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Deanna Durbin 1921-2013

The silver-voiced teen star of film musicals of the 1930s and 1940s died earlier this week, according to her son, Peter H. David. She was 91. [New York Times]  


  • 1
    la vociaccia says:

    No!!!! How sad :(
    Deanna came from a time where being the “pop” opera singer meant you were one of the better ones (e.g Traubel,Farrell, Tauber, Schmidt etc.) Now it means you’re Katherine Jenkins.

    When she takes the “Non ti scordar” part….ahhhhh

    • 1.1
      Camille says:

      Oh, I just saw this for the first time ever a few days ago and liked it so much. In an otherwise so-so movie, it was a highpoint and so unexpected after the movie had gone on at some length. I can see why see complained about the materials she was being handed.

      Thanks for posting it as I was going to do so.

  • 2
    WindyCityOperaman says:

    RIP. An angelic gets her wings . . .

  • 3
    Camille says:

    Oh NO, NO, NO!!!!!!!!
    I have just watched her “Three Smart Girls” last week, for he first time!! She was so wonderful in it, so funny and natural, too.

    An exquisite voice—like a stream of silver.

    May she rest in peace. This is our favourite scene with her:
    From Jerome Kern’s score to the movie “Can’t Help Singing”, her only colour film.

    She was ninety+, but I hoped she’d live on forevee. Well she will through her singing.

    Thanks again to Maury D, who just told me about her film Christmas Holiday

    Oh, I am so so sad.

  • 4
    Agnese di Cervia says:

    My father’s favorite singer. Lovely lady.

  • 5
    bluecabochon says:


    One of my favorites…

    • 5.1
      bluecabochon says:

      I put the “v” in but it wouldn’t embed. Is it because I’m on an iPad?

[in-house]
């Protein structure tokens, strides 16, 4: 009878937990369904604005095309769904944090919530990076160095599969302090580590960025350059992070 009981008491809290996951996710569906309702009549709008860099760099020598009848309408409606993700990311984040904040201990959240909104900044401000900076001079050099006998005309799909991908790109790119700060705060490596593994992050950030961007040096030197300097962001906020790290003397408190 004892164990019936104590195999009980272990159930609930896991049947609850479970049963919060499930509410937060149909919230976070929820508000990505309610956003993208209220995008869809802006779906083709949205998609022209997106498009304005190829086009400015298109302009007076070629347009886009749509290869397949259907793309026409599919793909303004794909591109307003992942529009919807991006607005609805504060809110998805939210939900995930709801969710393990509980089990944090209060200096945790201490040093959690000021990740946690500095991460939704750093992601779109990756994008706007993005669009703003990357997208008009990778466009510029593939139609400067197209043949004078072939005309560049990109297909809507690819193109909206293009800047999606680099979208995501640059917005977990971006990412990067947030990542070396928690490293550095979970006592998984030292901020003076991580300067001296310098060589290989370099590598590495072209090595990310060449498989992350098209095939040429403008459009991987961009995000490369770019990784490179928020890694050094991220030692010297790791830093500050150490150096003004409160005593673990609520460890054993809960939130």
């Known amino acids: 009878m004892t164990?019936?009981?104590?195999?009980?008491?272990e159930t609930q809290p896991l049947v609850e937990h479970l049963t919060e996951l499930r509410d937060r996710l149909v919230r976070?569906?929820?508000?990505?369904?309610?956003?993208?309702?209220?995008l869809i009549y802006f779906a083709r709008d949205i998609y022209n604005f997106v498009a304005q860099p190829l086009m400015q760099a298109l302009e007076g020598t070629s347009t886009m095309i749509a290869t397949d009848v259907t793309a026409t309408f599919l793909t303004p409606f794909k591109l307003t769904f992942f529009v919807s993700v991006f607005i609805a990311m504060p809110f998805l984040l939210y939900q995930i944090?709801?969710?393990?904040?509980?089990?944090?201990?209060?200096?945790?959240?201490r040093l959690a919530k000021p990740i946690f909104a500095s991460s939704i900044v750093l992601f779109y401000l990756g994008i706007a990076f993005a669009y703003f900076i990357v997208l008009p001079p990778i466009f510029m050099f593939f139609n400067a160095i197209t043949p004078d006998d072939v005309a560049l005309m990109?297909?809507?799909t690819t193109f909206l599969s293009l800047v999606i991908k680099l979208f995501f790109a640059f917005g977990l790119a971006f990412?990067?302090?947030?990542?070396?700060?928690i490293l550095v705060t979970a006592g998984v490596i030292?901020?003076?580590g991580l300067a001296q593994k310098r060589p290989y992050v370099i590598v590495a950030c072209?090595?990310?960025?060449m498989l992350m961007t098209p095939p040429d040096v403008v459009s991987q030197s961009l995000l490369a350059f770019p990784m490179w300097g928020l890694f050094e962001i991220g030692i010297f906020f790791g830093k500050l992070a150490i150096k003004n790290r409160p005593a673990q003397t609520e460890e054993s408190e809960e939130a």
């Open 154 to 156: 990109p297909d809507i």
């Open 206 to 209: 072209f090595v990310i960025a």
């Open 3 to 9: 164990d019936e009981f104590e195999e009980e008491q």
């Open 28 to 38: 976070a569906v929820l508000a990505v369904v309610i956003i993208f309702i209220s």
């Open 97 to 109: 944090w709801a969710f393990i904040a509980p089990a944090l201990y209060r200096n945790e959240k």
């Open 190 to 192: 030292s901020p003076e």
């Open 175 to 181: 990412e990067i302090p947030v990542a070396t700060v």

• 5.1.1
        WindyCityOperaman says:

          bluecabochon says:

          Thanks, WCO!

          perfidia says:

          What an extraordinary talent the young Garland had. Truly a little girl with the voice of a grown woman. Her mature art is terrific, but never this fresh and spontaneous. Durbin’s screen persona was very much set. Maybe that’s why she couldn’t transition into more mature roles. But I think in the end that worked in her favor. She got out before it got ugly. There’s an anecdote of Garland coming to visit Durbin in London, and Durbin was shocked that Garland was still in the business.

    • 5.2
      Camille says:

      Bluecabbie, let me pass onto you the tip kashania, principe di persia, lent to me:

      you see the “m.” up there, immediately before “youtube”?——-erase it when you put it on here @ parterre. Then put in the “v”. That should do it.

      Sometimes, now, it doesn’t work WITH the “v”, so I post it with and without.
      Damned machines!

      • 5.2.1
        kashania says:

        Thank you for referring to me by my full title, Camille chere. So few people do…

          Camille says:

          It is only seemly and correct to do so. Especially as you stick your neck out for us all, chéri!

          The flags should all be lowered in Canada today, in honor of Winnipeg’s finest diva.


  • 6
    RobNYNY1957 says:

    What might have been. It’s fun picturing her as Susanna, Adele, Sophie. And maybe a stretch: Mimi, Adina, Norina,Rosina.

  • 7
    WindyCityOperaman says:

  • 8